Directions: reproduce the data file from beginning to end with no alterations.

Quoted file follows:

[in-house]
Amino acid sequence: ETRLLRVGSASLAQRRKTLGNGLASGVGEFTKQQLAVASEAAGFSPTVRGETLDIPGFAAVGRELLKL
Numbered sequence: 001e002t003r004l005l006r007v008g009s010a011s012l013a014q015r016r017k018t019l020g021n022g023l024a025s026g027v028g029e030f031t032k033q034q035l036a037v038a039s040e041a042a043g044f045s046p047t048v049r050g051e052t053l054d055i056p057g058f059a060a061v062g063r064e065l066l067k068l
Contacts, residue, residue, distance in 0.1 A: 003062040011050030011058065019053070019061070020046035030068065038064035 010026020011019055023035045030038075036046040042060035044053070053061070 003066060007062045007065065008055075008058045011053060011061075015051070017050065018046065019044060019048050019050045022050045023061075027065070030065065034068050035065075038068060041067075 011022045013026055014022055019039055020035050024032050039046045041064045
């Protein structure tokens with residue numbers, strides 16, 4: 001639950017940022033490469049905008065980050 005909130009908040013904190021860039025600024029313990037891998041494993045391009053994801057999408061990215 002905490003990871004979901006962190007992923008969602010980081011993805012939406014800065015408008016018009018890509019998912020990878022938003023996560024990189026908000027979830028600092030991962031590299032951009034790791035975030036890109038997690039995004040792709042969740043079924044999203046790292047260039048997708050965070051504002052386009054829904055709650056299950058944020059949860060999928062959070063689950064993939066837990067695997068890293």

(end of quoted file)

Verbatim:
[in-house]
Amino acid sequence: ETRLLRVGSASLAQRRKTLGNGLASGVGEFTKQQLAVASEAAGFSPTVRGETLDIPGFAAVGRELLKL
Numbered sequence: 001e002t003r004l005l006r007v008g009s010a011s012l013a014q015r016r017k018t019l020g021n022g023l024a025s026g027v028g029e030f031t032k033q034q035l036a037v038a039s040e041a042a043g044f045s046p047t048v049r050g051e052t053l054d055i056p057g058f059a060a061v062g063r064e065l066l067k068l
Contacts, residue, residue, distance in 0.1 A: 003062040011050030011058065019053070019061070020046035030068065038064035 010026020011019055023035045030038075036046040042060035044053070053061070 003066060007062045007065065008055075008058045011053060011061075015051070017050065018046065019044060019048050019050045022050045023061075027065070030065065034068050035065075038068060041067075 011022045013026055014022055019039055020035050024032050039046045041064045
């Protein structure tokens with residue numbers, strides 16, 4: 001639950017940022033490469049905008065980050 005909130009908040013904190021860039025600024029313990037891998041494993045391009053994801057999408061990215 002905490003990871004979901006962190007992923008969602010980081011993805012939406014800065015408008016018009018890509019998912020990878022938003023996560024990189026908000027979830028600092030991962031590299032951009034790791035975030036890109038997690039995004040792709042969740043079924044999203046790292047260039048997708050965070051504002052386009054829904055709650056299950058944020059949860060999928062959070063689950064993939066837990067695997068890293």